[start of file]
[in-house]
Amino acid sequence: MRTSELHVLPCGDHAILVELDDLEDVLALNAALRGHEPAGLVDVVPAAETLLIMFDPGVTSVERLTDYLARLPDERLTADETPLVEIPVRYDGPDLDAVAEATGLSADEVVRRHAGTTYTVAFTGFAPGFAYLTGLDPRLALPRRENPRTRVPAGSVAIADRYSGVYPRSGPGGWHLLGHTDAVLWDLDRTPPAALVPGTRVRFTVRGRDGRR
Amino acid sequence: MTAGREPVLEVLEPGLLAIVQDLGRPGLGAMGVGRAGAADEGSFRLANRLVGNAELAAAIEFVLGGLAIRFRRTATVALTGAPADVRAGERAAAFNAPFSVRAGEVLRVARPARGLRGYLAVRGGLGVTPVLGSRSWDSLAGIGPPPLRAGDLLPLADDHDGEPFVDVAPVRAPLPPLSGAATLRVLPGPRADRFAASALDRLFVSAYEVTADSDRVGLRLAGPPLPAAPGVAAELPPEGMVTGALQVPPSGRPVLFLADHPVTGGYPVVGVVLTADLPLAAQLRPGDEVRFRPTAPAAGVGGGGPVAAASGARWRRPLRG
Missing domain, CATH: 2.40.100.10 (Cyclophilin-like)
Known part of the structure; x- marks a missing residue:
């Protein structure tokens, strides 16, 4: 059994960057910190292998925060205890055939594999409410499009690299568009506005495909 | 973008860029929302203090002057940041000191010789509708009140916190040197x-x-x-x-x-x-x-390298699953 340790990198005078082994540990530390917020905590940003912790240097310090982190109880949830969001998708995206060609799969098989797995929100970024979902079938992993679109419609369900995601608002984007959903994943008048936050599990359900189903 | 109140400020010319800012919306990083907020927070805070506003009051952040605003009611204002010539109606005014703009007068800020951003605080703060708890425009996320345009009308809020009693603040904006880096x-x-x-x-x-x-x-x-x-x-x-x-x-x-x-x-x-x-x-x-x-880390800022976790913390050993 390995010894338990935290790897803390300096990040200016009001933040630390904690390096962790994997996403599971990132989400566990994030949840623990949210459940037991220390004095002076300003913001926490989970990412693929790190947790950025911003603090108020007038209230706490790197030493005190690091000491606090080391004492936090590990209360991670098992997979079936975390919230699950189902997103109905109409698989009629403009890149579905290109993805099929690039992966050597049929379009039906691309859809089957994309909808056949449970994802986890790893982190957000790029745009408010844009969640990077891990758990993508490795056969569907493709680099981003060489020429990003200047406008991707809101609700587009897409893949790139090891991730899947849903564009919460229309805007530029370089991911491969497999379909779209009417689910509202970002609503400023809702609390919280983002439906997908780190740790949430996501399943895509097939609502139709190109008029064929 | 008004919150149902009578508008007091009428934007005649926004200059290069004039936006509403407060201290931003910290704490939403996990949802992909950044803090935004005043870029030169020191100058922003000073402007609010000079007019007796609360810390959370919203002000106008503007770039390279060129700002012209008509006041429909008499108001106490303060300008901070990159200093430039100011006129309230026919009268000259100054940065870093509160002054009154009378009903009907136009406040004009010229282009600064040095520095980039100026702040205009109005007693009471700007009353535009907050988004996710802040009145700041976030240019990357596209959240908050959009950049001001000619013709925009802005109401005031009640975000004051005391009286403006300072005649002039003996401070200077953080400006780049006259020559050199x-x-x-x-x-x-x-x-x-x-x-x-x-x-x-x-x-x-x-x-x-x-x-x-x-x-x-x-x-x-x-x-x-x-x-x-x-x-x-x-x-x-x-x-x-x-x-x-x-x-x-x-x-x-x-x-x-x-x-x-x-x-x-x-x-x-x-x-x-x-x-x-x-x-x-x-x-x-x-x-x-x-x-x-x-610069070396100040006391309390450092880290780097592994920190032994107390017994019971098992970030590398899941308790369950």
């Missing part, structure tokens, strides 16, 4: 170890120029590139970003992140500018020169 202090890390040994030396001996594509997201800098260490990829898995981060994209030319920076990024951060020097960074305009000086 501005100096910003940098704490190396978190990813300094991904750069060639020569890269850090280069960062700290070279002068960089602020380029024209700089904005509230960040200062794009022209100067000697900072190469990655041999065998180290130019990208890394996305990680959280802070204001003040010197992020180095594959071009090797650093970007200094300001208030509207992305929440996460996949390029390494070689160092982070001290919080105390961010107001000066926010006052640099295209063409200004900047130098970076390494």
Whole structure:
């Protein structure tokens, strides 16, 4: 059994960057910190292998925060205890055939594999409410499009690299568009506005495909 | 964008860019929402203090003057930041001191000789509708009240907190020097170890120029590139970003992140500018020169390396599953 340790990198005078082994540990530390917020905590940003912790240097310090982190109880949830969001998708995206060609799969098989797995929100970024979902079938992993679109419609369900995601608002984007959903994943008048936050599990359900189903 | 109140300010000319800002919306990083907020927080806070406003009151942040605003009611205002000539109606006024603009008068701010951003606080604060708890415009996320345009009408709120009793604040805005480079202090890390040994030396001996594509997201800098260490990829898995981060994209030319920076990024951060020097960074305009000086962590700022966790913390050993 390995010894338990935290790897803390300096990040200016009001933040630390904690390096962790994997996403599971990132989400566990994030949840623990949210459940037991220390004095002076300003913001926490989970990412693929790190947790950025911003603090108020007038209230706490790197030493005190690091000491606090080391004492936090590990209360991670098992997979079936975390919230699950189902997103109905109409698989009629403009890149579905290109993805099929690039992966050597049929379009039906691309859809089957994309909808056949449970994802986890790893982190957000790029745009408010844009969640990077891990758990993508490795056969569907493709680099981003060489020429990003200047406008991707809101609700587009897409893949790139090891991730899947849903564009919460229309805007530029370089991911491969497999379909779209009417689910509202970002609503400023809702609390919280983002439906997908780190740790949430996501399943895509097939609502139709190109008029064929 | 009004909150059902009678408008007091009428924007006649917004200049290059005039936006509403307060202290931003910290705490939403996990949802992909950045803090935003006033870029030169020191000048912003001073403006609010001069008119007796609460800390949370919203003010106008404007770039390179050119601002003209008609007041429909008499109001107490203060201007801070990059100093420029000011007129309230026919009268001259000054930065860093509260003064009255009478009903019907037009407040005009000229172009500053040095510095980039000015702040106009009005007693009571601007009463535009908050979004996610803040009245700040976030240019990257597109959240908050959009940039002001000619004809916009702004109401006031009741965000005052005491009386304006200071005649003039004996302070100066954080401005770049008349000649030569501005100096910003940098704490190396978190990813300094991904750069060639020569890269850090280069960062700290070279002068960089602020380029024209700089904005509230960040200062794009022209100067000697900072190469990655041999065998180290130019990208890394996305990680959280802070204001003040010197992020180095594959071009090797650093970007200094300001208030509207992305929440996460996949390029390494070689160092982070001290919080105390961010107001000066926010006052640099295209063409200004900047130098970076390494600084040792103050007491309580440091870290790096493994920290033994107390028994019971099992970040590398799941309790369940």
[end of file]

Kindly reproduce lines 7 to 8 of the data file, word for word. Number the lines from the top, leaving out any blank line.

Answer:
């Missing part, structure tokens, strides 16, 4: 170890120029590139970003992140500018020169 202090890390040994030396001996594509997201800098260490990829898995981060994209030319920076990024951060020097960074305009000086 501005100096910003940098704490190396978190990813300094991904750069060639020569890269850090280069960062700290070279002068960089602020380029024209700089904005509230960040200062794009022209100067000697900072190469990655041999065998180290130019990208890394996305990680959280802070204001003040010197992020180095594959071009090797650093970007200094300001208030509207992305929440996460996949390029390494070689160092982070001290919080105390961010107001000066926010006052640099295209063409200004900047130098970076390494």
Whole structure: